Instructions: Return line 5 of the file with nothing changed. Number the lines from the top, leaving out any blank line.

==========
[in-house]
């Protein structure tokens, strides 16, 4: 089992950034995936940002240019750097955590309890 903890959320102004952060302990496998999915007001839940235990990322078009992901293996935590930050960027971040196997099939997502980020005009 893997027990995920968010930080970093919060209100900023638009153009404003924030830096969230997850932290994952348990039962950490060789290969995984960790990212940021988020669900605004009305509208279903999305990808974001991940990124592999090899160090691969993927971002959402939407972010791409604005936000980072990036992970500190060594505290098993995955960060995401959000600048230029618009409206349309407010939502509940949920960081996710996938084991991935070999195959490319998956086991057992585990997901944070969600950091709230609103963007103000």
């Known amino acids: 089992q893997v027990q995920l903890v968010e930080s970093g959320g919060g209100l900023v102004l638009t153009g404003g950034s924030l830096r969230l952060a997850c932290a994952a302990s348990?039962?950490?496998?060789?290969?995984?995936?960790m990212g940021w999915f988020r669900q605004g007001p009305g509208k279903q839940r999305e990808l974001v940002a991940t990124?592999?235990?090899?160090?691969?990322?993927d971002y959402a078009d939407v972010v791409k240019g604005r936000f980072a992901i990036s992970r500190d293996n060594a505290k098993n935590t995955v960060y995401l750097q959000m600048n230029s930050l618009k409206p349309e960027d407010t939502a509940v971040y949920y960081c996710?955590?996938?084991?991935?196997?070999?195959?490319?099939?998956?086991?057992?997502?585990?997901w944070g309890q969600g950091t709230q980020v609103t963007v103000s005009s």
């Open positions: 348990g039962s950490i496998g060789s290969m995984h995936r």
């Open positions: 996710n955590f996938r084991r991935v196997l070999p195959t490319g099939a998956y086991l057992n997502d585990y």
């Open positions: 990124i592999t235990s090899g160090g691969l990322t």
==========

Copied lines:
């Open positions: 996710n955590f996938r084991r991935v196997l070999p195959t490319g099939a998956y086991l057992n997502d585990y």